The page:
Hurdles remain for BYOD adoption
Agencies are making progress in crafting and piloting bring your own device, or BYOD, mobile strategies, but several challenges remain. Reimbursement is one unresolved question facing agencies such as the Internal Revenue Service.
"We've gone through the process of getting the legal approvals that say that we will pay, in some form or fashion to support that. We haven't figured out how to adopt that yet," said Steve Manning, associate chief information officer of user and network services at IRS, while speaking Nov. 15 at an AFCEA Bethesda event in Bethesda, Md.
The IRS may use a subsidized model, where it would instruct employees to go to pre-selected providers for subsidized prices. Or it could simply contribute a flat reimbursement amount per month, toward the costs associated with the phone, said Manning.
"The reimbursement challenge is something that I think is the next level in BYOD," said Kimberly Hancher, CIO of the Equal Employment Opportunity Commission.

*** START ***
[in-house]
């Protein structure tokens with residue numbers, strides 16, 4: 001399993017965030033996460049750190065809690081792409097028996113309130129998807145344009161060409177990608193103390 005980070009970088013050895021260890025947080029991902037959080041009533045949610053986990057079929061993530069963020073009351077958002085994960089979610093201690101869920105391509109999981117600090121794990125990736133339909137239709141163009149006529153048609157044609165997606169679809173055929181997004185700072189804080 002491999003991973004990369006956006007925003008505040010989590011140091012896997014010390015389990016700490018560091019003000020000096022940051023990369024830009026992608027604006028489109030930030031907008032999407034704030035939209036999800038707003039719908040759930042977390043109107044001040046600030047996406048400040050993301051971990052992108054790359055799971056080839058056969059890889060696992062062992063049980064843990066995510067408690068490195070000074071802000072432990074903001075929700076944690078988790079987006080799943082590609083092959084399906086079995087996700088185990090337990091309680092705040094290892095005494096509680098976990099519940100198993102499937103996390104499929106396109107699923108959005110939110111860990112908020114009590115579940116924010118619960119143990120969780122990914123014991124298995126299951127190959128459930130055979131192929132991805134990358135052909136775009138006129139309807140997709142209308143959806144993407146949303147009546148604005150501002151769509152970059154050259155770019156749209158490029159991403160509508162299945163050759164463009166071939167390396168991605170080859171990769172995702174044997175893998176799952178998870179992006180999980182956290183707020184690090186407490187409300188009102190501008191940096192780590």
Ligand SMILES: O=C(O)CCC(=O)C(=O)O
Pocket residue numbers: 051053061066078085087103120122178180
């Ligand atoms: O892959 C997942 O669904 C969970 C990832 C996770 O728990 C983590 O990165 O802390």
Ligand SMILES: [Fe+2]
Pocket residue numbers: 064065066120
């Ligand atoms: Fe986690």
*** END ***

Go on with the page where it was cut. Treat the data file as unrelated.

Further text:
Her agency is working with the General Services Administration's office of governmentwide policy to work through their reimbursement model. Although it's not yet settled on the best approach, Hancher said it could be similar to employees' transit benefit, in the range of $10 to $20 per month to cover mobile costs.
"It's de minimis. It's a little bit of money. So, we should be able to crack that nut," said Hancher.
Another challenge at IRS is acquiring technologies that enable BYOD.
"The final question is really, honestly around what provider we're going to be using and what technology we're going to be using," said Manning.
Hancher said that in small agencies such as EEOC, there isn't the bandwidth to handle many acquisitions and they rely on governmentwide vehicles.
"I've reached out to big agencies because I want to just move my stuff to a better-performing contract and I can't because their contracts are written for their agency," said Hancher.
Brad Nix, chief information security officer at the Agriculture Department's food and nutrition service, said a mobile FedRAMP could be one solution to the problem of acquiring BYOD-friendly wireless contracts and mobile services.
"We're just talking about an overlay technology here," said Nix. "With a little bit more thought and a little bit more pre-planning about how it can be used governmentwide, it will give us a lot more opportunity--especially with the smaller agencies to utilize more innovative solutions."